Rain Song by Leslie Evans is a just a sweet little picture book about two girls playing outside on a summer day when thunder starts to rumble in the distance. Lightning's flashing trees are thrashing cymbals clashing big boom bashing!  When the story hit this point, I was a little worried that the director would come downstairs to see what the heck I was doing.

Tap Tap Boom Boom is a fairly  new picture book, but it has a fun rhyming text with lots of onomatopoeia (as if you couldn't tell from the title). This book also takes place in the city and the characters take refuge from the storm in the subway. Some of the boys in my group who were unfamiliar with big cities were fascinated by the idea of underground trains.

Here are a few other picture books featuring rain, thunderstorms, and onomatopoeia (yep I will never get tired of saying that).
Splish! Splash! A Book about Rain by Josepha Sherman
Rain! by Linda Ashman

Boom! by Mary Lyn Ray

I Love the Rain by Margaret Park Bridges

If you choose to do a craft there are a multitude of rain-themed projects to choose from.  With my daycare group we made rainbows that the kids could hang up. Depending on your child's skill with scissors you can let them cut or you can cut out for them 6 circles that descend in size. If you do not have colored paper use white and color them yourselves. Now you are going to start gluing the circles together. Glue the orange circle to the middle of the red circle, the yellow circle on the middle of the orange one and so on. Putting the circles in order by size is actually a great early math activity for toddlers and preschoolers. To make the rainbow you just fold the glued together circles like a taco. You can either staple it closed or glue it, but if you use glue do not be stingy. Tie a string to the top of the arc and your rainbow is ready to hang.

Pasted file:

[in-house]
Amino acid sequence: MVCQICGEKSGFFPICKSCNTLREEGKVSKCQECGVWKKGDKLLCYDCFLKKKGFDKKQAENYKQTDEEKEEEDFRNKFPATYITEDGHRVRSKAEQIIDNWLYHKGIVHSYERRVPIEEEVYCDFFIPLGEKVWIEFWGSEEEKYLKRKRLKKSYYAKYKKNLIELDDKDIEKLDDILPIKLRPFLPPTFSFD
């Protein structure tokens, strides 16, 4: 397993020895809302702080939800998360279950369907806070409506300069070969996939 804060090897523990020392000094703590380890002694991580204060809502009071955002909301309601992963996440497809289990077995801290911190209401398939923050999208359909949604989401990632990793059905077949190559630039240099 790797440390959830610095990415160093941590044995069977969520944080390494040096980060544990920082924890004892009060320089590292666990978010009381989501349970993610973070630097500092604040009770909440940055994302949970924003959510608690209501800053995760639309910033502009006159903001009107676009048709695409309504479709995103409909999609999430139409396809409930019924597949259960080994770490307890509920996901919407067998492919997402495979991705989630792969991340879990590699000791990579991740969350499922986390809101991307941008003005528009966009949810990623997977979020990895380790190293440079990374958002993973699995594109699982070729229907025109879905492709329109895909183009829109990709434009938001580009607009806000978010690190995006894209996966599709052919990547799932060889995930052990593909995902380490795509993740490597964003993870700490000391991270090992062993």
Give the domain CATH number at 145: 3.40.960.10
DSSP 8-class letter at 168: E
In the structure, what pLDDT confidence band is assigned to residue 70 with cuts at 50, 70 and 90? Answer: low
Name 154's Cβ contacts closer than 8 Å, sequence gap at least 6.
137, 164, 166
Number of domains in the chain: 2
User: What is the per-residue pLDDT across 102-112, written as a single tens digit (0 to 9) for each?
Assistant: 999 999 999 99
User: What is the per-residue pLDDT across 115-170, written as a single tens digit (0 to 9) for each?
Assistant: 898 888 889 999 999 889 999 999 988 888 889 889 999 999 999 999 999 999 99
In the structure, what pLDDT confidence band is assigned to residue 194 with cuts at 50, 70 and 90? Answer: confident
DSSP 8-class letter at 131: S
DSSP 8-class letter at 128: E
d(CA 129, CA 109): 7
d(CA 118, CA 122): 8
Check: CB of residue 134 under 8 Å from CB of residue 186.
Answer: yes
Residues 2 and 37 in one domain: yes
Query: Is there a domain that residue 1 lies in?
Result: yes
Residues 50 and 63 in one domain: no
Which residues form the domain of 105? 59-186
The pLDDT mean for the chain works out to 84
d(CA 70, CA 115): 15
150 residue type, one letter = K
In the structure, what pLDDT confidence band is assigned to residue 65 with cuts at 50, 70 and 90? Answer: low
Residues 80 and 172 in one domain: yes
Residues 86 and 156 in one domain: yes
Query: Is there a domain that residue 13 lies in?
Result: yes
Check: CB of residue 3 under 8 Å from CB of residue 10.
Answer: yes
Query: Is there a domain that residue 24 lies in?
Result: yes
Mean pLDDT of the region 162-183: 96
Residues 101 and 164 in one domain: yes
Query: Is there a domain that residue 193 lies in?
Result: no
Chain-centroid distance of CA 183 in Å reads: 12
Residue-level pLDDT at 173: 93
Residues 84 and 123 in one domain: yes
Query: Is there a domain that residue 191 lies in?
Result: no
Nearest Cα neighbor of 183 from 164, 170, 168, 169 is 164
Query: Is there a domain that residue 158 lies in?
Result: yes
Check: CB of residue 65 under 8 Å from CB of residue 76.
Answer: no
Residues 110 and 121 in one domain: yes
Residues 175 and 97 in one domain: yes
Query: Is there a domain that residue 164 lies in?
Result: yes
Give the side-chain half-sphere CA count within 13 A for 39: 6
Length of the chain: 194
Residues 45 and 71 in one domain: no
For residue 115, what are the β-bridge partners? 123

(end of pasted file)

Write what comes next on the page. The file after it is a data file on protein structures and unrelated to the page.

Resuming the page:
If you have some paper towel tubes and rice on hand you can make rain sticks. First prep the tube by rubber banding or taping saran wrap over over one end of the tube. Place a long, twisted piece of aluminum foil before pouring in rice, dried beans, or beads.  The aluminum foil is not required but it will give a better sound. Then seal the other side. Make sure you seal the ends tightly because you do not want dry rice spraying everywhere when kids start shaking the rain stick.  You can paint, glitterfy (New Word!), color, glue paper on, or decorate the rain stick any way you want.

On to songs! You can go with the classic It's Raining, It's Pouring, but my favorite rain song (beside the 70s classic shown above) is If All the Raindrops.  This song is from Barney (I'm sorry if you are a Barney hater). It is short, super easy, and watching the kids all stick their tongues out is funny.

The best activity for a rainy day is to go outside and walk in the mud. Yes it is dirty, but nothing beats the feeling of mud squelching between your toes and your kids will get a kick out of mom and dad getting messy with them. You can get really gross and look for worms after a rain storm too. My kids are pros at this and often compete to see who can collect the most.

Obviously, the kids in my family really, really love mud!

There it is, my thunderstorm storytime. Have fun on the next rainy day.

Tuesday, August 12, 2014

Young Writers Club-Christmas in August

One of the biggest challenges that I face each year with the Young Writers Club is keeping it fresh, fun, and not too educational. These are kids that are taking time out of their summer vacation to come to the library and WRITE. If I want them to come back each week , it is essential that the kids laugh, goof around, and never feel like they are sitting in a classroom.  This summer I have an amazing group of kids in the Young Writers Club.  They are creative, humorous, cheerful,  and they always manage to surprise me.